Books: Cultural Amnesia — Alan Moorehead |
[Invisible line of text as temporary way to expand content column justified text width to hit margins on most viewports, simply for improved display stability in the interval between column creation and loading]


Alan Moorehead (1910–1983) was among the most prominent of Australian cultural exports after World War II, when his books of non-fiction such as The Blue Nile attracted a wide following in the United States and the United Kingdom as well as in his home country. His rise to international fame had begun during the war itself. He was one of several Australian war correspondents who took the opportunity to employ, on a wider stage, the journalistic proficiency they had developed after several years of hard slog in the newsrooms of Sydney and Melbourne, along with the fluent, easily correct prose that they had learned to write in the Australian school system. Moorehead was there for the battles and the conferences through North Africa, Italy and Normandy all the way to the end. The hefty but unputdownable African Trilogy, still in print today, is perhaps the best example of Moorehead’s characteristic virtue as a war correspondent: he could widen the local story to include its global implications. By extension he later did the same for his home country: resident in Italy, he inaugurated the era of expatriate Australian writers which continues into our day. There were Australian musicians and theatrical figures who lived abroad before the war, and in recent times Australian artists in every field have colonized the world, but the post-war waves of expatriate Australian writers would have been less confident about their adventurous enterprise without Moorehead’s pioneering example of the confident interloper who showed how it could be a positive advantage to come from somewhere else. No writer did more than Moorehead to put Australia into the world picture as the most striking example of the old empire’s having produced, in its disintegration, vital new centres of creativity. When Moorehead was starting off, most Australian artists in any field thought of Britain as “home,” the infinitely richer mother-culture whose approval would validate them. Today the position is reversed: the British would like to know Australia’s secret. This demonstration of how colonialism can turn back on itself was well understood in advance by Moorehead, who set up his post-war European camp in the full knowledge that it was an advance post for Australia’s forthcoming cultural expansion, although not even he could guess how successful the expansion would be.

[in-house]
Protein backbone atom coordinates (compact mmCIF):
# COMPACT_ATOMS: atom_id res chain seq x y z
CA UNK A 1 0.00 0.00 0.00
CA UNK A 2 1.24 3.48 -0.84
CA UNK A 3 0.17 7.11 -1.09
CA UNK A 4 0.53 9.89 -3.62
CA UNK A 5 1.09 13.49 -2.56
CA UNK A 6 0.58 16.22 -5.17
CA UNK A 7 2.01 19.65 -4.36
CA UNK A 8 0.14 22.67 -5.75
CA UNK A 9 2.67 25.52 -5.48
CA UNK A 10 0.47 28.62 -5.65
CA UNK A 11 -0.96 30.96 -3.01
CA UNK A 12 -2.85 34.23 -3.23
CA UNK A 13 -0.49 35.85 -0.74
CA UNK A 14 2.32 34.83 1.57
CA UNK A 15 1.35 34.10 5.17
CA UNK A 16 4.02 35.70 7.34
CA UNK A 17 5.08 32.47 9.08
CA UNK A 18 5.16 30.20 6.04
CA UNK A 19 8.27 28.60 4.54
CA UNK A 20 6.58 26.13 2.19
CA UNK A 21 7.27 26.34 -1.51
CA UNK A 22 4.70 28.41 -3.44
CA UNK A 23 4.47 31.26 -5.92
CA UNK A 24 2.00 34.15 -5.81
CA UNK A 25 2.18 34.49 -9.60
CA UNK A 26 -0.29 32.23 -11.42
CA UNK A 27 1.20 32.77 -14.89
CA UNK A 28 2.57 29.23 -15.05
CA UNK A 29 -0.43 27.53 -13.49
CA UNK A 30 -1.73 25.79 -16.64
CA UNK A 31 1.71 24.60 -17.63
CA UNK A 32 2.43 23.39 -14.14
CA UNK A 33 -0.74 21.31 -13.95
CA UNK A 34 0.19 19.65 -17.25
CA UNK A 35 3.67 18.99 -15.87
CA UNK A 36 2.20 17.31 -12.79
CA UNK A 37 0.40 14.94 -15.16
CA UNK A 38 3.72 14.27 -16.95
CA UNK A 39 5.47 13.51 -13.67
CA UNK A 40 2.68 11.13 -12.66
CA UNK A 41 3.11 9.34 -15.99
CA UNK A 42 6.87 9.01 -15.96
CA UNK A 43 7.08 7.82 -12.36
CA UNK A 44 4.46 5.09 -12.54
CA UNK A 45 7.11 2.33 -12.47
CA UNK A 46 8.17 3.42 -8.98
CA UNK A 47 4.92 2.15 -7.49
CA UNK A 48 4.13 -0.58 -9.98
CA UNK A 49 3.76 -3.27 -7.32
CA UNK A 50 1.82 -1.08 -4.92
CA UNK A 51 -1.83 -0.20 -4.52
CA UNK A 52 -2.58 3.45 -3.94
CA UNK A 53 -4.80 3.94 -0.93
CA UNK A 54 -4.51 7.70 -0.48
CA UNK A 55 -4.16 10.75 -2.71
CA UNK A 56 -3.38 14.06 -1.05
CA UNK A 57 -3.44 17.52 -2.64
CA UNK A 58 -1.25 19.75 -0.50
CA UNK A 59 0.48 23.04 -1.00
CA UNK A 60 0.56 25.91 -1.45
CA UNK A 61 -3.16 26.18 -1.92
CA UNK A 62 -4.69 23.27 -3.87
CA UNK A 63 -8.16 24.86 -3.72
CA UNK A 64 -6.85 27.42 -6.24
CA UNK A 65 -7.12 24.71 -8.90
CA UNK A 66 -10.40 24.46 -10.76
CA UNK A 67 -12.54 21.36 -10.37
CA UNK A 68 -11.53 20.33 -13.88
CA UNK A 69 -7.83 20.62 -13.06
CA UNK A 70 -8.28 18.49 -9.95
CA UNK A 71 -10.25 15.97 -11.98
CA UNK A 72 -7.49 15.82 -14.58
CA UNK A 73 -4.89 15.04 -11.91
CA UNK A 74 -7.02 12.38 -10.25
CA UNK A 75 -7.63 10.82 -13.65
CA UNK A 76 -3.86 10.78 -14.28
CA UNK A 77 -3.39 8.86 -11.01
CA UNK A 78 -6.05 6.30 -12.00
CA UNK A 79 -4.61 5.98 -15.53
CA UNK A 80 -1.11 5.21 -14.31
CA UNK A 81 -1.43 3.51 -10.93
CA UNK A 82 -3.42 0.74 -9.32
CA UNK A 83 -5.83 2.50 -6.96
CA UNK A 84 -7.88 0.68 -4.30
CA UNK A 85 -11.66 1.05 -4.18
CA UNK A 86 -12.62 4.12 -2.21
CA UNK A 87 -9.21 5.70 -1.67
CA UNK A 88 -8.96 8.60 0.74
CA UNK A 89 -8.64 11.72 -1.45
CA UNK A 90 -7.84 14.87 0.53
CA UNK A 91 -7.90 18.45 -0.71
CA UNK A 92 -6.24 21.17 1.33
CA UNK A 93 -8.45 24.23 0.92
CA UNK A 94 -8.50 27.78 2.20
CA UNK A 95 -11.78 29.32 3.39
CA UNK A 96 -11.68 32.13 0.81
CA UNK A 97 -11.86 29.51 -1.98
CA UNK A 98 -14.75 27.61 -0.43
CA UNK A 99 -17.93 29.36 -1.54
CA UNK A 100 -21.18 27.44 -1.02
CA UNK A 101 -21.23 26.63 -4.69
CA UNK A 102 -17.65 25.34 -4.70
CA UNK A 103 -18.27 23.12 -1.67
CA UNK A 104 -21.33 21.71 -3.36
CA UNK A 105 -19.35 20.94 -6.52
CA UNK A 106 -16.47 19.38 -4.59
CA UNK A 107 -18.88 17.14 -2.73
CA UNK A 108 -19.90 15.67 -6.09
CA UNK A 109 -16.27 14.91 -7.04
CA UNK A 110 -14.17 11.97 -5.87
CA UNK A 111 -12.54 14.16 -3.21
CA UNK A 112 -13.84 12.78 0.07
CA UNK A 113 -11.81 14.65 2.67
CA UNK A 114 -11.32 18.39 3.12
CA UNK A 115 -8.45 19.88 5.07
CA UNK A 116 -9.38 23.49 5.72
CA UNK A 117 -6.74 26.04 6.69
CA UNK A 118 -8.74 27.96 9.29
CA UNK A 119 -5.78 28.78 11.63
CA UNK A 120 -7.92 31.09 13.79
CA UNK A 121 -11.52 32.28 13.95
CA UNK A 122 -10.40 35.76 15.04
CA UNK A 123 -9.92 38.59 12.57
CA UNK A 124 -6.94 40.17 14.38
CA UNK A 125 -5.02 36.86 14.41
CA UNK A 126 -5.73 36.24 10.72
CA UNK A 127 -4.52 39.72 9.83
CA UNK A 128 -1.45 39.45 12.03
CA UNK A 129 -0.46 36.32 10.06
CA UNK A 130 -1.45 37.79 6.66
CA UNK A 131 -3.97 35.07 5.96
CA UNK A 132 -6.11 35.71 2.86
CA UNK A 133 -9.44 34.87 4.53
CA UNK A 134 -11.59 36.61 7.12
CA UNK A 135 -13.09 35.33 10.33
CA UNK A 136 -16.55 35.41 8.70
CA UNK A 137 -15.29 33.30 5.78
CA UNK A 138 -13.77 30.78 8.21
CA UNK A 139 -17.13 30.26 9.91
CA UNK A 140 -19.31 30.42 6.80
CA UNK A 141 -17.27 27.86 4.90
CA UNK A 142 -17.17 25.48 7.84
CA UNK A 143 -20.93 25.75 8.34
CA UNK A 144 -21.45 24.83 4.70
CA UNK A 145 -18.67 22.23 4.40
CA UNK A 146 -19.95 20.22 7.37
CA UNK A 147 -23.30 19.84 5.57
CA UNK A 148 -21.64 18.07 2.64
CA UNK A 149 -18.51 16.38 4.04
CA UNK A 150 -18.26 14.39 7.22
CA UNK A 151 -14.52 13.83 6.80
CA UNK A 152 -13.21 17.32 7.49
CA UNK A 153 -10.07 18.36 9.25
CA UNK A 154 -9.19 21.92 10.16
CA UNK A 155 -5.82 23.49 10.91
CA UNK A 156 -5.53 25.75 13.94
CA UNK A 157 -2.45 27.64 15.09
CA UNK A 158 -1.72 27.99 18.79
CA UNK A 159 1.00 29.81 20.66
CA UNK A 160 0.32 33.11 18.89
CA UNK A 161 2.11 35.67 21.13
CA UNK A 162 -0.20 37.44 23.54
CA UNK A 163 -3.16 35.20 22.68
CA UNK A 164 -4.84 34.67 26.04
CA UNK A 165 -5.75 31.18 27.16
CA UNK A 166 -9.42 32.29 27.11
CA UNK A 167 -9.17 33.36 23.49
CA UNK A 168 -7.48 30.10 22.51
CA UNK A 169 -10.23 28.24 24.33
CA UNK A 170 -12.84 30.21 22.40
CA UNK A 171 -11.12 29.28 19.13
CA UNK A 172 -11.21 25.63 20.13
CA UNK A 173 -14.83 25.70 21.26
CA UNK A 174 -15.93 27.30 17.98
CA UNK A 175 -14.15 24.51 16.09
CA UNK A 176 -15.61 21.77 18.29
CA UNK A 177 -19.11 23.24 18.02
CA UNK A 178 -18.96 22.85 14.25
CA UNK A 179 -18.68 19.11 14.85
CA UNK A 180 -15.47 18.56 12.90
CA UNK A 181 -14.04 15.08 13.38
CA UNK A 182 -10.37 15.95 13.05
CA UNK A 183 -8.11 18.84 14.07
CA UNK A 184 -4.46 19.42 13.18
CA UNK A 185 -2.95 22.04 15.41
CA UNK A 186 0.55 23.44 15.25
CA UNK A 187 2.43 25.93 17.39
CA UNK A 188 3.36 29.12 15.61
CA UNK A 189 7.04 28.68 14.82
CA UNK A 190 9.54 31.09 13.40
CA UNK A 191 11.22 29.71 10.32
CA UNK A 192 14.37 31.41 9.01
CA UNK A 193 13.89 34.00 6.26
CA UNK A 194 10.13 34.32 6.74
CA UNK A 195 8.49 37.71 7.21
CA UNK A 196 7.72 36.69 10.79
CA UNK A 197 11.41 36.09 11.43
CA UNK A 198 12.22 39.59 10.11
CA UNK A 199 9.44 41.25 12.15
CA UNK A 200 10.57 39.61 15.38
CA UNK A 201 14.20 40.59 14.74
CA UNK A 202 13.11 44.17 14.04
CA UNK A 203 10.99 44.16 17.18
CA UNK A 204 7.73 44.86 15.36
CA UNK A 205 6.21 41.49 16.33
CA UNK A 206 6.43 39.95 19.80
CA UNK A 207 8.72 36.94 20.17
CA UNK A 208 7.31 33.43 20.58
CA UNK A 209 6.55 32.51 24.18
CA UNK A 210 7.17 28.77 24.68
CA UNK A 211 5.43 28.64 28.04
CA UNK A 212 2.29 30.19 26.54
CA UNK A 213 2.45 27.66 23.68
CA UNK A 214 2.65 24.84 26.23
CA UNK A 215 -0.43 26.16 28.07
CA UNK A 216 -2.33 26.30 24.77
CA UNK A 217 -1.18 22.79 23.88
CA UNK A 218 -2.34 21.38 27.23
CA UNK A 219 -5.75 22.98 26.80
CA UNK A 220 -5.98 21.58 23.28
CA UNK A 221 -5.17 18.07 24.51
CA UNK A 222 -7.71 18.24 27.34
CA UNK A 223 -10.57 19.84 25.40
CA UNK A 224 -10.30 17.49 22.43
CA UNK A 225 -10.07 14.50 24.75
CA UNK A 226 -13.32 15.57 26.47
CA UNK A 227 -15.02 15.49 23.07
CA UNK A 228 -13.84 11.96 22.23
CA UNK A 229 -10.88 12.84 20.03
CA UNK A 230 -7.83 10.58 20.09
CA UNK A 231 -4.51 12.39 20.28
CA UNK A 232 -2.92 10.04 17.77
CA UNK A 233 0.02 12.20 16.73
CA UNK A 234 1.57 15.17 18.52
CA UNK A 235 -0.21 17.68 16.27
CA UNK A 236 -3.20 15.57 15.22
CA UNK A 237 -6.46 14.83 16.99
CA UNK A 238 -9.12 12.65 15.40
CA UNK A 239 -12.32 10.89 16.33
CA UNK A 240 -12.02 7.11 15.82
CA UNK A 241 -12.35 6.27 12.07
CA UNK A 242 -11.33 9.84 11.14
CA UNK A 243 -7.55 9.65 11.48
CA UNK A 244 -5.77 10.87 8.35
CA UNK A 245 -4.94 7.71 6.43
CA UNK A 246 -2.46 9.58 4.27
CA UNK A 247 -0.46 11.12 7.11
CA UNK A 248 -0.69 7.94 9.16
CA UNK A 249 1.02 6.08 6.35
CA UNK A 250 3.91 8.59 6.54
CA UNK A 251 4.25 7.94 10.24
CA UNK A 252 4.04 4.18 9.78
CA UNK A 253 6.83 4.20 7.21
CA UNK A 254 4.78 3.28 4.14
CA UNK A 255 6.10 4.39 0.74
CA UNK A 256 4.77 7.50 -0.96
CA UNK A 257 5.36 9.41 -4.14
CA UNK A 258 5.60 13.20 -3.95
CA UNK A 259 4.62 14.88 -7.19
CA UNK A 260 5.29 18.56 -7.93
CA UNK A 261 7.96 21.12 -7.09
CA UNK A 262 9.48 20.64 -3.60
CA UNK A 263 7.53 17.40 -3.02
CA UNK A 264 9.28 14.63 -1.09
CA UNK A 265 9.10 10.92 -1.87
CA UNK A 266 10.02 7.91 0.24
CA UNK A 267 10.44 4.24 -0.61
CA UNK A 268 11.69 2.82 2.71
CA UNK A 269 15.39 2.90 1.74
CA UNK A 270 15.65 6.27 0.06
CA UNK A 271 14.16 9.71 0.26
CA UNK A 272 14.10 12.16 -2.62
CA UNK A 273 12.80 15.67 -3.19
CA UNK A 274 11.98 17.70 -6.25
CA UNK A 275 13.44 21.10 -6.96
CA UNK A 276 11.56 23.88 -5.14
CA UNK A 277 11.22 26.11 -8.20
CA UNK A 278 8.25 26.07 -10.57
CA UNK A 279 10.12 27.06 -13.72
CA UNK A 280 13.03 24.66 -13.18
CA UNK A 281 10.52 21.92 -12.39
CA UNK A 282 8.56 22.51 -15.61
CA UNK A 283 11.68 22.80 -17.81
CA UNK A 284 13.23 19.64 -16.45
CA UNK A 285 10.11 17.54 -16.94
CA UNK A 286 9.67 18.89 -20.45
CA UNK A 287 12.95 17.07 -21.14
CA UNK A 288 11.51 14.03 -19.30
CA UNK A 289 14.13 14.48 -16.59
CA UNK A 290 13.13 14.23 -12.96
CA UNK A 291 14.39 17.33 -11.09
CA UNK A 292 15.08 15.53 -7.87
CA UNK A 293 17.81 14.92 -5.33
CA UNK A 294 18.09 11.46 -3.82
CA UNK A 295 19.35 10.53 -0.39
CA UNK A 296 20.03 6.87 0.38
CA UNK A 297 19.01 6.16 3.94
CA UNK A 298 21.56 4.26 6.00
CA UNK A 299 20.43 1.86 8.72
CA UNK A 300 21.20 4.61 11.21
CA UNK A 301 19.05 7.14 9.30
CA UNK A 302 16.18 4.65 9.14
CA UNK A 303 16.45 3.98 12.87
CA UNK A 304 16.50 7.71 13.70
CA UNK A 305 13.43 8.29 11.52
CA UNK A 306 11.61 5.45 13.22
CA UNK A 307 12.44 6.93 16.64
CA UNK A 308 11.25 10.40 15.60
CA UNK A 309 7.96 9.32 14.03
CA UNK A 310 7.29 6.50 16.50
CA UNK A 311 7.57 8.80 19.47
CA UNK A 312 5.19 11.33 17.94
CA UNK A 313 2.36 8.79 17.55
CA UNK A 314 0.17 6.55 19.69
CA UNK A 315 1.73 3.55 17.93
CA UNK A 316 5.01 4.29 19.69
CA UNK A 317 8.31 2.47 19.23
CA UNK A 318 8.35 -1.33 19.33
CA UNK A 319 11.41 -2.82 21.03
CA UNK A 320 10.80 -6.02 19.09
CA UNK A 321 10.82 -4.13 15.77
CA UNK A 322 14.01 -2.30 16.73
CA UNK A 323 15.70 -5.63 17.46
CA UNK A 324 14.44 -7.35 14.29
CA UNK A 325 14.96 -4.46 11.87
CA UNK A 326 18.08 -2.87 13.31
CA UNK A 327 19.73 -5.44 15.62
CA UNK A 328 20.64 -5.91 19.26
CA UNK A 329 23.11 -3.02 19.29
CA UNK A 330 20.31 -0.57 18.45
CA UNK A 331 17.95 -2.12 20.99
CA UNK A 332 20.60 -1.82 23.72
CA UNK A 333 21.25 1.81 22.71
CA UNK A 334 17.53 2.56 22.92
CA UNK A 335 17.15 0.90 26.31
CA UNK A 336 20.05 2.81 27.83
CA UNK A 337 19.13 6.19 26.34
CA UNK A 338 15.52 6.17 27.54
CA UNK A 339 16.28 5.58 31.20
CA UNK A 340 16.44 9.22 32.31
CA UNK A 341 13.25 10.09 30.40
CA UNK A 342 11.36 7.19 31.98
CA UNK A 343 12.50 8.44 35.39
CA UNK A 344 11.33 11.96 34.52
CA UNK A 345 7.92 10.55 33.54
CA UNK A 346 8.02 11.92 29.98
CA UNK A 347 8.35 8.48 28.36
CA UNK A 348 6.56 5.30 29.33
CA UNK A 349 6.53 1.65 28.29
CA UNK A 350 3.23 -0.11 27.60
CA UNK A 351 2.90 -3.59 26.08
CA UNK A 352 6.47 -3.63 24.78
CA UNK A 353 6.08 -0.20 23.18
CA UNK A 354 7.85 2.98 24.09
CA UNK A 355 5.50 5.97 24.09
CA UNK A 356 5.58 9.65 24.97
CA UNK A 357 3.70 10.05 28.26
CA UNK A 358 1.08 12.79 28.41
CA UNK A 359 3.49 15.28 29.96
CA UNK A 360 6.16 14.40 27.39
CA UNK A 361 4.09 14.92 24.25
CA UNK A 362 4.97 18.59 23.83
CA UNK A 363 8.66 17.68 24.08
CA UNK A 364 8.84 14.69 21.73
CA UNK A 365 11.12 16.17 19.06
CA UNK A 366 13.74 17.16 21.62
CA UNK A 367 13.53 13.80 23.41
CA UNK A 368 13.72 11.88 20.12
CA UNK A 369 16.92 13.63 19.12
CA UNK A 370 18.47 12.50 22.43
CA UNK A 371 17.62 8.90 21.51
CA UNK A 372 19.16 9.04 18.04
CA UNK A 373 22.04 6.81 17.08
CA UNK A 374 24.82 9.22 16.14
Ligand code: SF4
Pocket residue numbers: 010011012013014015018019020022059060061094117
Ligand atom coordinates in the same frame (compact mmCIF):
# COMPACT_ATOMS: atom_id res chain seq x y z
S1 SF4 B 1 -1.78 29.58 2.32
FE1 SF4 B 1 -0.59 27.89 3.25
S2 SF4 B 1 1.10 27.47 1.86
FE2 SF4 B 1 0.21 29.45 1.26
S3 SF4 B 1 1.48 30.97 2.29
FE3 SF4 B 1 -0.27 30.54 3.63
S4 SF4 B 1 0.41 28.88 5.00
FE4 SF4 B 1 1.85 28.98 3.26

A startling amount of the productivity was his. Of his many books written in his self-imposed exile, No Room in the Ark, a charming tribute to the African wild animals, is a good example of his knack for getting there at the right moment and spotting the trends: in the Africa from which the old empires were at last retreating, the animals had become a resource, and the resource was threatened by mismanagement. Typically, he had spotted a theme which would be important in the world’s immediate future. The final effect of Moorehead’s accumulated work, so much of which stays as fresh as when it was written, is to convince you that to be born and raised in a prosperous liberal democracy not only confers the energy to see the world as it is, but the obligation to make sense of it, on behalf of all those deprived of the opportunity.

* * *

Outside, the street vendors came by, and the cries of the Cairo street vendors are just what you would expect them to be—entertaining and romantic in the evening and merely damnable in the early morning when you are trying to work. There was one man who brought such nameless pain and misery into voice that I was forced to the open window to listen. He was selling bath mats.